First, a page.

This mega-merger will bring change to grocery shoppers in eight states through a deal designed to preserve competitive pricing. Will it?
Grocery shoppers in eight states will soon see changes as Albertsons and Safeway sell 168 stores to win approval of their $9.8 billion supermarket sweep.
The Federal Trade Commission says the divestiture is necessary to keep supermarkets competitive in 130 communities affected by Safeway and Albertsons’ merger, which is expected to be completed by the end of January.
“Consumers everywhere rely on local supermarkets for their weekly shopping needs,” said FTC Chairwoman Edith Ramirez. “Absent a remedy, this acquisition would likely lead to higher prices and lower quality for supermarket shoppers in 130 communities.”
The local markets affected are in Arizona, California, Montana, Nevada, Oregon, Texas, Washington and Wyoming.
These companies may be familiar to you, even if their names are not. Albertson’s LLC operates 630 supermarkets under the Albertsons banner in 15 states, and under the Market Street, Amigos and United Supermarkets banners in Texas, the FTC says. New Albertson’s, Inc., operates 445 supermarkets under the Jewel-Osco, ACME, Shaw’s and Star Market banners in the East. Safeway operates 1,332 supermarkets under the Safeway, Tom Thumb, Randall’s, Pak ’n Save, The Market, Vons, Pavilions and Genuardi’s names throughout the country.
As detailed when the divestiture was proposed last fall to settle an FTC antitrust complaint about the merger, Bellingham, Washington-based Haggen Holdings will acquire 146 Albertsons and Safeway stores in Arizona, California, Nevada, Oregon and Washington. Minneapolis-based Supervalu Inc. will acquire two Albertsons stores in Washington and serve as primary grocery supplier to Haggen.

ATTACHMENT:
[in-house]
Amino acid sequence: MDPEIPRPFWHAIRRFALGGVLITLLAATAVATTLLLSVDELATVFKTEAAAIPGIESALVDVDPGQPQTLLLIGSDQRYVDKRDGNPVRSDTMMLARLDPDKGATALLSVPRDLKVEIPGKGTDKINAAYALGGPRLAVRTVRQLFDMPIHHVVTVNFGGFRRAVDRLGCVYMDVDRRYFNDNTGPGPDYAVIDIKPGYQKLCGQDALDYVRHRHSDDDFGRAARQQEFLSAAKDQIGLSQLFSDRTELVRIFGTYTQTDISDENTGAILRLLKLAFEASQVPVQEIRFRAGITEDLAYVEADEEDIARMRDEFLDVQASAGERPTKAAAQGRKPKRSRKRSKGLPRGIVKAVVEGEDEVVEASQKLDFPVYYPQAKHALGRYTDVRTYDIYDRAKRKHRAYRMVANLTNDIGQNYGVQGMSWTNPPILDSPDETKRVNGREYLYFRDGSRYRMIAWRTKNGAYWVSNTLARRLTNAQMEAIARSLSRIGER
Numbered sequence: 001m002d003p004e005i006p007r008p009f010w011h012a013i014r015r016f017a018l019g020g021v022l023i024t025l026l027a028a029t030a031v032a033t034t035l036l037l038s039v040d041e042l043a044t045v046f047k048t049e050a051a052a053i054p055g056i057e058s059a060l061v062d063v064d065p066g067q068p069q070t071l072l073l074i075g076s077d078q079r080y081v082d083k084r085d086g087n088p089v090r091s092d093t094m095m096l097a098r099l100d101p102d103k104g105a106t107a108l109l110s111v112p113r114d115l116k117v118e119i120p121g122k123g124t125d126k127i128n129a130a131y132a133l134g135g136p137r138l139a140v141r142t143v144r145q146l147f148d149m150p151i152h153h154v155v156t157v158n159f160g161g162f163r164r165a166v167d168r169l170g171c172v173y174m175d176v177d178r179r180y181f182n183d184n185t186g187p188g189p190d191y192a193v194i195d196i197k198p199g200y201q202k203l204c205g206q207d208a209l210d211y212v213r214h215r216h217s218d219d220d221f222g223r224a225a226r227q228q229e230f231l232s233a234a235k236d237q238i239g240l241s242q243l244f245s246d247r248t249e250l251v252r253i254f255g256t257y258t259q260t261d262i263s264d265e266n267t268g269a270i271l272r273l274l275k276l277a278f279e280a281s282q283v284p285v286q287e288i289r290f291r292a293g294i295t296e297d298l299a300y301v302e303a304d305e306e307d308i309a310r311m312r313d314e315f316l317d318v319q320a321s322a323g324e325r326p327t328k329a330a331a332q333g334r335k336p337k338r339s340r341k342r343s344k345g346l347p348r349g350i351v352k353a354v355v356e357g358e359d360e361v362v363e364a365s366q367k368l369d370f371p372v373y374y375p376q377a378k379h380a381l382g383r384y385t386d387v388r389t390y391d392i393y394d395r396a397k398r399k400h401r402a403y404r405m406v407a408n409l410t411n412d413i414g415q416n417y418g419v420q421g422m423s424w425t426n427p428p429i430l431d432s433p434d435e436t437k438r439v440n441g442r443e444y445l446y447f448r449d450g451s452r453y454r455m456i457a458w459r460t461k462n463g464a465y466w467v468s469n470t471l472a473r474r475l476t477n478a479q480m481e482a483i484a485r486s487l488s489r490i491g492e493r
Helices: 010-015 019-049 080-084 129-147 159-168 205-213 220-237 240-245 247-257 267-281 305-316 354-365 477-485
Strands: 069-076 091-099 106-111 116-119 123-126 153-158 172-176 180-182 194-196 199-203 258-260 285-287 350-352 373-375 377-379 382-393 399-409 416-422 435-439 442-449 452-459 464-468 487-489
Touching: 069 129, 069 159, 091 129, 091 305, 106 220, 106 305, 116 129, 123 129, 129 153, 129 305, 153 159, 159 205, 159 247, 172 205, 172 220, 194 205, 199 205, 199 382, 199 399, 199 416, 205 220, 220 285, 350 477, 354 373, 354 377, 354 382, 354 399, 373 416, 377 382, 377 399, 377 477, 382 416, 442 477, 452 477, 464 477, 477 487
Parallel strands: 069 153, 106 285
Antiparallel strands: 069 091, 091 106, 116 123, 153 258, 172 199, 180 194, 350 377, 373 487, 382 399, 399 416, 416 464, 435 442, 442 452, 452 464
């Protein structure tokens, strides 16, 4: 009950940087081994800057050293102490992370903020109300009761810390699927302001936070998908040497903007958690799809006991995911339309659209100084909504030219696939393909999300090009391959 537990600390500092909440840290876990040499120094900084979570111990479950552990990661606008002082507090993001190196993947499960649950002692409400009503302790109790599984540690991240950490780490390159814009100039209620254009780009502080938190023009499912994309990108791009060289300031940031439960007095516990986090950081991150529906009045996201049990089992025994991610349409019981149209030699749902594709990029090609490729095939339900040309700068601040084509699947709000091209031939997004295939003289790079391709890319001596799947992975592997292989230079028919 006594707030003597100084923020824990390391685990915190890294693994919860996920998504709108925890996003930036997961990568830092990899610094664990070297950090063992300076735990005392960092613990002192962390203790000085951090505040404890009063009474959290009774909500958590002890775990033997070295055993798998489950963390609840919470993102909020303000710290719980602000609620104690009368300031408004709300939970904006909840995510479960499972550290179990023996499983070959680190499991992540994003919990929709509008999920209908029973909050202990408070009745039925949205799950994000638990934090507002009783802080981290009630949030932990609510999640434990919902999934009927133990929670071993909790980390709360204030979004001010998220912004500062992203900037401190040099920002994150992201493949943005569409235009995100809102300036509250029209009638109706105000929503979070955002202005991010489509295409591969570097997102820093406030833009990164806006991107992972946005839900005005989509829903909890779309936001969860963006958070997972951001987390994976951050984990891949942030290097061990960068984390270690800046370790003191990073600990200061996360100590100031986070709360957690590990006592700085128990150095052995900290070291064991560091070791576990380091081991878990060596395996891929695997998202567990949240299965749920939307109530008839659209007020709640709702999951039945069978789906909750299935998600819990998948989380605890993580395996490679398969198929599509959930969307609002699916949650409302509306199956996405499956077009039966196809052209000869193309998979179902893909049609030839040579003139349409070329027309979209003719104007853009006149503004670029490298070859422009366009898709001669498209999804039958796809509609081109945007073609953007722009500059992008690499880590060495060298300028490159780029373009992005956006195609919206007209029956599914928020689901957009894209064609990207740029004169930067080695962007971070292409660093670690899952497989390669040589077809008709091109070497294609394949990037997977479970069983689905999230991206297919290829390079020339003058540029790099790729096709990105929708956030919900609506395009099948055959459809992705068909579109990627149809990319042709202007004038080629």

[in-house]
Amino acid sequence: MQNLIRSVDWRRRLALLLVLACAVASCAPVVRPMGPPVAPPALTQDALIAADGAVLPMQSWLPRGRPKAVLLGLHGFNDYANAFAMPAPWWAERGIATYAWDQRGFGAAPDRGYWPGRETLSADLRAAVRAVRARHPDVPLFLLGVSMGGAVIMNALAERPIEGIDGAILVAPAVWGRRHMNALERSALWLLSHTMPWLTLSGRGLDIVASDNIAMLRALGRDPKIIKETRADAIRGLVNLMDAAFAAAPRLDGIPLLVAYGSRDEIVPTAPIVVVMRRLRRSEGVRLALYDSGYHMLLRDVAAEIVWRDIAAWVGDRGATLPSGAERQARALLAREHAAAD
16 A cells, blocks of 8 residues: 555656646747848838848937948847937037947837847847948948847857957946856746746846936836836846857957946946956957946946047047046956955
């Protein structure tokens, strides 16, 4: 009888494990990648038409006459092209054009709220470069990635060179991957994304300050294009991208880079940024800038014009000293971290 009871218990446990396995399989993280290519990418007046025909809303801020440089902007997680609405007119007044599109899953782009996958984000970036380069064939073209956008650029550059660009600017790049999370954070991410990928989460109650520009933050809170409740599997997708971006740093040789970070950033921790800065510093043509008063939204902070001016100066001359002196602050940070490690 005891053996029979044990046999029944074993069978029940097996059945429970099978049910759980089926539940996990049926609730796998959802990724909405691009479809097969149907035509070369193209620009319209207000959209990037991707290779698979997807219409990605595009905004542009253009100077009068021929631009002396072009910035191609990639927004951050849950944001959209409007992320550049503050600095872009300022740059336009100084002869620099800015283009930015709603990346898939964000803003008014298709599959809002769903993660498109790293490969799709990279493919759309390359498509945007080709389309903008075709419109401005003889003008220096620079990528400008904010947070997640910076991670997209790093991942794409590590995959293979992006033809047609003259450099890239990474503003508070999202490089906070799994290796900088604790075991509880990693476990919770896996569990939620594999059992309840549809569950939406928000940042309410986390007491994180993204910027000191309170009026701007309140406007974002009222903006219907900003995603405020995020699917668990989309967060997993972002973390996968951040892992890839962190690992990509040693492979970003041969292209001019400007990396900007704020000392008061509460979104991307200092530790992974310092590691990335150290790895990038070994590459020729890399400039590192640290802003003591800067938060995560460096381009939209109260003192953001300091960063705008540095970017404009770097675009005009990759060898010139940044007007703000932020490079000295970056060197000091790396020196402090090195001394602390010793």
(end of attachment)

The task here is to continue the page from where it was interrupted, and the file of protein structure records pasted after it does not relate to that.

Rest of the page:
Associated Wholesale Grocers, Inc., based in Kansas City, Kansas, will acquire 12 Albertsons and Safeway stores in Texas. Associated Food Stores Inc. will acquire eight Albertsons and Safeway stores in Montana and Wyoming and is expected to assign operating rights to RLS Supermarkets, LLC (doing business as Minyard Food Stores.)
Associated Food Stores Inc. of Salt Lake City will acquire eight Montana and Wyoming stores that will be operated as Missoula Fresh Market LLC, Ridley’s Family Markets, Inc. and Stokes Inc.
What can customers expect?
Look for the same wide selections of the big chains, as well as the fresh, local and gourmet selections like a Whole Foods but at lower prices, analyst and Supermarket Guru Phil Lempert of Santa Monica recently told U-T San Diego.
Haggen’s produce supplier will be Charlie’s Produce, which told trade publication The Packer that it will open a division in Southern California to supply the new Southwest stores. It already has distribution centers in Seattle and Spokane, Washington, Portland, Oregon, and Anchorage and Dutch Harbor, Alaska.
Do you lean toward a particular grocery store chain, go wherever the prices are lowest, or opt for local and fresh? Let us know in the comments below or on our Money Talks News Facebook page.
Wherever you shop, Money Talks News founder Stacy Johnson says you can likely stretch your grocery dollars. Watch the video below for tips.